Yes, there are different types of denture options available today. Most people think that all dentures are made the same but that is not the case. Two sets of dentures - a standard and an equilibrated set - may look similar but may function very differently in your mouth based on the details recorded during the denture fabrication process. Your mother probably had an equilibrated set made, which costs more than a standard set due to the additional work required.

What are equilibrated dentures and who makes them?

There are two main types of dentures: standard and equilibrated. Standard dentures are made by following some basic standard procedures. These dentures are made by taking impressions and some other measurements from your mouth, but angles of your jaw movements are assumed to be standard or average. Equilibrated dentures, on the other hand, are made by measuring your actual jaw movement angles for greater accuracy and stability during function. In other words, equilibrated dentures are standard dentures that are further customized for optimum fit, comfort and precision.

What are dental implants and how do they work?

Dental implants are small pins or posts, made of titanium, that are placed on the jawbone to support one or more missing teeth. Implants work by acting as a root to hold or attach the artificial tooth, bridge or denture to the jawbone.

What are the advantages of dental implants?

Implants have many advantages over some other restoration options including but are not limited to the following:

  • Preserve teeth: implants don’t need the support of neighbouring teeth, like crowns and bridges do. This is because they are fixed in the jawbone, which is beneficial because there is no grinding or damage to neighbouring teeth.
  • Improve chewing and health: implants allow you to chew and eat food more naturally and comfortably, which allows you to eat things like raw vegetables and meats. Being able to expand your diet to include these often hard to chew items can have a range of health benefits.
  • Better aesthetics: Implants replace missing teeth and support facial musculature to give you a natural and enhanced look. With implants supported dentures, you can avoid clasps, flanges and palatal coverage, creating a more pleasing aesthetic and enhanced comfort.
  • More comfort: with implant supported dentures, your dentures don’t rest or push on the gum tissues, resulting in minimal or no sore spots and a more comfortable prosthesis.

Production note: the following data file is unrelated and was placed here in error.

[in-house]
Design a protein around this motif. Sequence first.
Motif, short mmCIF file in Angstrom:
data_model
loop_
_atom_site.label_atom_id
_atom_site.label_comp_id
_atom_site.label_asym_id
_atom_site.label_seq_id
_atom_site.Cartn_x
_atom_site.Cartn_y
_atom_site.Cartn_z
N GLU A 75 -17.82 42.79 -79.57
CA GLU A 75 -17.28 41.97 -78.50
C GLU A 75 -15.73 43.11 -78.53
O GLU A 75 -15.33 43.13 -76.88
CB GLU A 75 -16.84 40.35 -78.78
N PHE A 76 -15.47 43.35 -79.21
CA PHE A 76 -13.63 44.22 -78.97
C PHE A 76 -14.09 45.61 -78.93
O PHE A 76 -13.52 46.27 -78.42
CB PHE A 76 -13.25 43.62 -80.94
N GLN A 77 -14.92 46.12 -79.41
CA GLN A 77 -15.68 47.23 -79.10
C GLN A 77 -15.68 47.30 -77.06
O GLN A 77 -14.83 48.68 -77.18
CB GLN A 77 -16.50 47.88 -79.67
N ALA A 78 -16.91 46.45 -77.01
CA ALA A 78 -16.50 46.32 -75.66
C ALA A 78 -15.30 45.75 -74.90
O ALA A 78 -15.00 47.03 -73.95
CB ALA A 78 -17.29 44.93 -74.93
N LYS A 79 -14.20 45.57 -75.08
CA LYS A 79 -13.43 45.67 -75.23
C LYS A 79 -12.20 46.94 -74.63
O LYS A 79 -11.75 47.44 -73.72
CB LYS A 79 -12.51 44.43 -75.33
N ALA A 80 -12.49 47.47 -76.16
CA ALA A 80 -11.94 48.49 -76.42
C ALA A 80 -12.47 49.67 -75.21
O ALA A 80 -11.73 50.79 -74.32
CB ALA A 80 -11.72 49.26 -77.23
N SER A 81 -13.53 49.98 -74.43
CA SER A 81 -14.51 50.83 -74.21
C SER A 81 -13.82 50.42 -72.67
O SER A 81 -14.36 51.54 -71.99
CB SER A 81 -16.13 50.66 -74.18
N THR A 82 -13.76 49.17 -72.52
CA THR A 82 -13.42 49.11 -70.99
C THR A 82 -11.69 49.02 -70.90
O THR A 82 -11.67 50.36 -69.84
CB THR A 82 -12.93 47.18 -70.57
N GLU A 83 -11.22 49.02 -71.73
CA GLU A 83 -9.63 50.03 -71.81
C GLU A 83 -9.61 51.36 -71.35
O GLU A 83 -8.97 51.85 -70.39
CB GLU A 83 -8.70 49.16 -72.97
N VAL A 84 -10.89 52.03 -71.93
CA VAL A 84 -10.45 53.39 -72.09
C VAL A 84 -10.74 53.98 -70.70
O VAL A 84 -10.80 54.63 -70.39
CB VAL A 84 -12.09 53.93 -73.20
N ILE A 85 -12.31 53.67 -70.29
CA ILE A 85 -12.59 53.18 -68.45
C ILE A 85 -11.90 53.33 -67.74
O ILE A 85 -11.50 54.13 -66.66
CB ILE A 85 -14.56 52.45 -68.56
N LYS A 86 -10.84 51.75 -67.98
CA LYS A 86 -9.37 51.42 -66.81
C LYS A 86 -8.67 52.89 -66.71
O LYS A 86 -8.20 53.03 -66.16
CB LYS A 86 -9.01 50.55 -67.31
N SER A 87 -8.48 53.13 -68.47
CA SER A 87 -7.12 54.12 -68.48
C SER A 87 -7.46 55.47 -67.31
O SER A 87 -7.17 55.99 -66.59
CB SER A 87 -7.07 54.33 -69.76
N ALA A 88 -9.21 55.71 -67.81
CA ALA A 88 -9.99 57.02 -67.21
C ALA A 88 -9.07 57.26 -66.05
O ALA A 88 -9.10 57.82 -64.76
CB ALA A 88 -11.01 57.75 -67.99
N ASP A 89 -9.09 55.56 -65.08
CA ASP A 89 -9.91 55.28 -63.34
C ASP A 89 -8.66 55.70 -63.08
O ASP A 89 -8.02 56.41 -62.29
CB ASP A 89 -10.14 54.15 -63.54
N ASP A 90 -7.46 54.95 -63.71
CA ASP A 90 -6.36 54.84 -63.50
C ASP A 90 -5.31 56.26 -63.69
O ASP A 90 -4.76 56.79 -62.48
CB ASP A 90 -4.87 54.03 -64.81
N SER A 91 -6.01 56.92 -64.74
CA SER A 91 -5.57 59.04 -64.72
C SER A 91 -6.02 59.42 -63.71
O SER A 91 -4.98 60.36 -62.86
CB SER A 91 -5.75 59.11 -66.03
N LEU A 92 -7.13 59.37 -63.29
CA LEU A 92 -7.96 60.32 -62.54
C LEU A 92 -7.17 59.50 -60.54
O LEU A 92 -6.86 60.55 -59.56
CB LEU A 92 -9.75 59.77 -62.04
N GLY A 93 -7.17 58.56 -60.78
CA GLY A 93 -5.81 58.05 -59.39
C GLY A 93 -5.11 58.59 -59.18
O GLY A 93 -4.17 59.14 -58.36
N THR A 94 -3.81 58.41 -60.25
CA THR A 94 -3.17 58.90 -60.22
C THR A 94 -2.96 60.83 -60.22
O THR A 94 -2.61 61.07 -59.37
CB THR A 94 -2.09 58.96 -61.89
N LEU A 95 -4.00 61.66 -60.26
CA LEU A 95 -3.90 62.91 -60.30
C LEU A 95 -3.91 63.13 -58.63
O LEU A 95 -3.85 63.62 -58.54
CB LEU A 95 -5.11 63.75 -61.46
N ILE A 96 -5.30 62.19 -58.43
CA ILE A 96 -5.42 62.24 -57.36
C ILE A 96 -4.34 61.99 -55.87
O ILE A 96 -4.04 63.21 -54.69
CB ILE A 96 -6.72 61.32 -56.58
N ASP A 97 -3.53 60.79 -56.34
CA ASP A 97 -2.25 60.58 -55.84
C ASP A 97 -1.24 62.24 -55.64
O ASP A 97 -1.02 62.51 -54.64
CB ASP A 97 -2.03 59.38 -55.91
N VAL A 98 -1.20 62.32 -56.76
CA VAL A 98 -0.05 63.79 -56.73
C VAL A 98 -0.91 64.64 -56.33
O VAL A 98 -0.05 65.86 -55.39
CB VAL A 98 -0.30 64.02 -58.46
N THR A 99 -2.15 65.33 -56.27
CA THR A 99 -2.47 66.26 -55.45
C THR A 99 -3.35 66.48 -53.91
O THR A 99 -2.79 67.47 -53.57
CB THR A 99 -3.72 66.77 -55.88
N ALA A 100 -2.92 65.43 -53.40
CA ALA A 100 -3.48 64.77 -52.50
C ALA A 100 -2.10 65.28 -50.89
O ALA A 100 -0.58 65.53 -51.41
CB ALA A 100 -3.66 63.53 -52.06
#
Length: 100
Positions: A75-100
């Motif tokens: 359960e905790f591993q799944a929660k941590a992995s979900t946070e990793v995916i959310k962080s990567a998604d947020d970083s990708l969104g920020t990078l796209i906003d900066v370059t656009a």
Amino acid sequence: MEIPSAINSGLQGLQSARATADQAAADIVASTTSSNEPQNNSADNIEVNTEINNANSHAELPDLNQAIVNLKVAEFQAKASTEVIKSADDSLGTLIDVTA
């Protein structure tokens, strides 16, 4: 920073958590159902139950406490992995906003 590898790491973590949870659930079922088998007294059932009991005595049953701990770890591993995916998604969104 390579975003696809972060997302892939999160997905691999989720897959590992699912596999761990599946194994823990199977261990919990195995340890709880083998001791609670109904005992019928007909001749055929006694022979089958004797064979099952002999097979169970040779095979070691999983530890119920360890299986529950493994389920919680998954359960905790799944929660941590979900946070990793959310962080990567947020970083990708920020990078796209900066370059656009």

• Increased confidence: with rejuvenated facial musculature, a natural looking smile, secure prosthetic teeth, improved speech and better chewing, implant supported dentures are a great way to regain confidence.

How long do implants last?

If your overall health and oral condition are favourable, the implants can last a lifetime.

Is it painful to get implants?

Placement of implants is a surgical procedure, so just like any other surgical procedure, you may experience pain for a few days, but once healed they feel fine. In most cases, it could be a simple process and can be compared to a tooth extraction in regards to pain and discomfort.

Can anybody have implants?

A patient with the right oral conditions and good general health would be an appropriate candidate for implants. If a patient has chronic illness, medical conditions or periodontal disease, then implants may not be an appropriate solution for someone who is missing teeth. Some conditions can affect or slow down the healing process and may require additional healing time.

How long is the process?

Implants are placed into the bone where they slowly bond to the jawbone over time. This bonding of implant and bone normally takes between 3 to 4 months. Once bonded, the implants are attached to an artificial tooth, bridge or denture. With today’s improvements in technology, it’s possible to get implants that can have attachments applied the same day as surgery.

What kind of care is needed after the implant has been inserted?

Implants are just like having your own teeth so they require the same type of care. Yearly checkups and cleanings are recommended and daily brushing and flossing are also very important.

If someone doesn’t have enough jaw bone, can they still have implants?

Besides good general health, adequate bone is required to support implants. If you don’t have enough jawbone then an additional bone grafting procedure may be required to build up the bone prior to placing the implants.